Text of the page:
You also do Ayurveda. This is not just yoga or just an Ayurvedic diet, but a complex way of life. What does Ayurveda give you in life?
Ayuveda appealed to me with its complexity and logic, thousands of years of testing and use, finding the cause, recognizing the connection between mind and body, and the fact that, unlike Western medicine, it is personalized medicine. Ayurveda has helped me to understand and accept my body (and thus my mind) as it is and to learn what medicine is for me, what I personally need to make me to be in balance. By accepting my difference, I also began to respect other people’s differences more. I like that it is based mainly on prevention, which I can have fully in my hands. I feel like a co-creator of my health.
My Ayurvedic practices could be simplified to a few examples: the choosing right food in its proper combination, using spices in cooking, all of mentioned has to be appropriate to my dosha. All this taking into account the season and at the same time respecting the current phase of my menstrual cycle. Furthermore, cleaning the tongue with a scraper as the first thing in the morning, gargling with oil, Abhyanga – body massage … And I use Ayurvedic herbs to treat my problems.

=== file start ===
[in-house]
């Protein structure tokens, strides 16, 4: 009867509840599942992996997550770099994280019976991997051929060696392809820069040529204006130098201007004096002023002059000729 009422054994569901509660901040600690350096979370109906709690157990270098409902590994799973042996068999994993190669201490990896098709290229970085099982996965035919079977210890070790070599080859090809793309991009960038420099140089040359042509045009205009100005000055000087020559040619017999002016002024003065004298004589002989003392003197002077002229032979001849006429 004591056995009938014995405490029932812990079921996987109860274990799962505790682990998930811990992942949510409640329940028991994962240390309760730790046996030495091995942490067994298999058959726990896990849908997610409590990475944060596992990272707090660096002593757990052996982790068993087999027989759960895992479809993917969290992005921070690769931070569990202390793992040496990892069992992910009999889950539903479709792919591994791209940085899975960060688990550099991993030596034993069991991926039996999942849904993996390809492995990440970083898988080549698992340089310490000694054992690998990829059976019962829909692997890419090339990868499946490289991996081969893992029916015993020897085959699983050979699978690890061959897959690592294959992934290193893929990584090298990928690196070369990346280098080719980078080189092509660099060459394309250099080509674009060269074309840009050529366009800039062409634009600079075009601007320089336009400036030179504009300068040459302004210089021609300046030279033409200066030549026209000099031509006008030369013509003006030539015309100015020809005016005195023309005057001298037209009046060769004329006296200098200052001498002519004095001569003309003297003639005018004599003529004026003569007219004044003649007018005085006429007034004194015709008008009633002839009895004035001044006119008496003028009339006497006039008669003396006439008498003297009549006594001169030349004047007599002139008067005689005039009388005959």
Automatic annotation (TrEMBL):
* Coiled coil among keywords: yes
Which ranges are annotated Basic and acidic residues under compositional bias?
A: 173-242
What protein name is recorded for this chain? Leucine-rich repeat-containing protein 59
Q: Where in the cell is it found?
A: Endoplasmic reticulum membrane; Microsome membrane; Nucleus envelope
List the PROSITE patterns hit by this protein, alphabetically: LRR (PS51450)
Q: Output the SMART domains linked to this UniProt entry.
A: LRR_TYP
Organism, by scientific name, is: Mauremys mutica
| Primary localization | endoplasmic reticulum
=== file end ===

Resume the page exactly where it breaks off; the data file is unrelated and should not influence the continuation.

Have you also studied yoga in Asian countries? Where and what yoga courses did you take and where did you teach yoga everywhere?
I completed a course as a yoga teacher (200 h YT) in Nepal. It included in particular Hatha, Ashtanga yoga and also a bit from meditations, Ayurveda and Bhakti yoga. It was very intense, but I consider it to be one of the best investments in my life.
However, the real yoga ride started in India. Along the way, I didn’t look for courses but for yoga masters, whom someone recommended me. Everyone from my masters handed me a piece of their treasure into my own yoga puzzle. I must say that what greatly altered my whole understanding of yoga was Vipassana meditation and later completing two levels of Reiki with my master Parveen in Rishikesh. The concept of chakras ultimately connected yoga to Ayurveda, psychology and spiritual development in such a way that I no longer even know how I could have existed without this understanding.